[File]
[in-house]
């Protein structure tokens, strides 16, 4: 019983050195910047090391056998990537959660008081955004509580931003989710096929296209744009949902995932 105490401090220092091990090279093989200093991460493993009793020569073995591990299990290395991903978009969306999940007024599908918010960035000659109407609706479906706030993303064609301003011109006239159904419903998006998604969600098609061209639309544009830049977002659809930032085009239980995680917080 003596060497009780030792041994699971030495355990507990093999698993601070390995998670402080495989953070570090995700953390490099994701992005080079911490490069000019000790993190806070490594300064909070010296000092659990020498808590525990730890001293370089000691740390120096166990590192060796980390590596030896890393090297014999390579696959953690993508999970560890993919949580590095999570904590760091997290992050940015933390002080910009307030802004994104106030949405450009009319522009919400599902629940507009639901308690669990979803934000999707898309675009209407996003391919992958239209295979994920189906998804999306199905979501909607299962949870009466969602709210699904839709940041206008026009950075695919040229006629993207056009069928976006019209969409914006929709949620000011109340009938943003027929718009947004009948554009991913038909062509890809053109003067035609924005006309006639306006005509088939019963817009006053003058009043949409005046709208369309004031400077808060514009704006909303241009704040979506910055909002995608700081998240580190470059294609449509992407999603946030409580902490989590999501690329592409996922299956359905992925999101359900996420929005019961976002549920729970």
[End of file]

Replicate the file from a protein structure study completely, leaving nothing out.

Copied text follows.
[in-house]
């Protein structure tokens, strides 16, 4: 019983050195910047090391056998990537959660008081955004509580931003989710096929296209744009949902995932 105490401090220092091990090279093989200093991460493993009793020569073995591990299990290395991903978009969306999940007024599908918010960035000659109407609706479906706030993303064609301003011109006239159904419903998006998604969600098609061209639309544009830049977002659809930032085009239980995680917080 003596060497009780030792041994699971030495355990507990093999698993601070390995998670402080495989953070570090995700953390490099994701992005080079911490490069000019000790993190806070490594300064909070010296000092659990020498808590525990730890001293370089000691740390120096166990590192060796980390590596030896890393090297014999390579696959953690993508999970560890993919949580590095999570904590760091997290992050940015933390002080910009307030802004994104106030949405450009009319522009919400599902629940507009639901308690669990979803934000999707898309675009209407996003391919992958239209295979994920189906998804999306199905979501909607299962949870009466969602709210699904839709940041206008026009950075695919040229006629993207056009069928976006019209969409914006929709949620000011109340009938943003027929718009947004009948554009991913038909062509890809053109003067035609924005006309006639306006005509088939019963817009006053003058009043949409005046709208369309004031400077808060514009704006909303241009704040979506910055909002995608700081998240580190470059294609449509992407999603946030409580902490989590999501690329592409996922299956359905992925999101359900996420929005019961976002549920729970």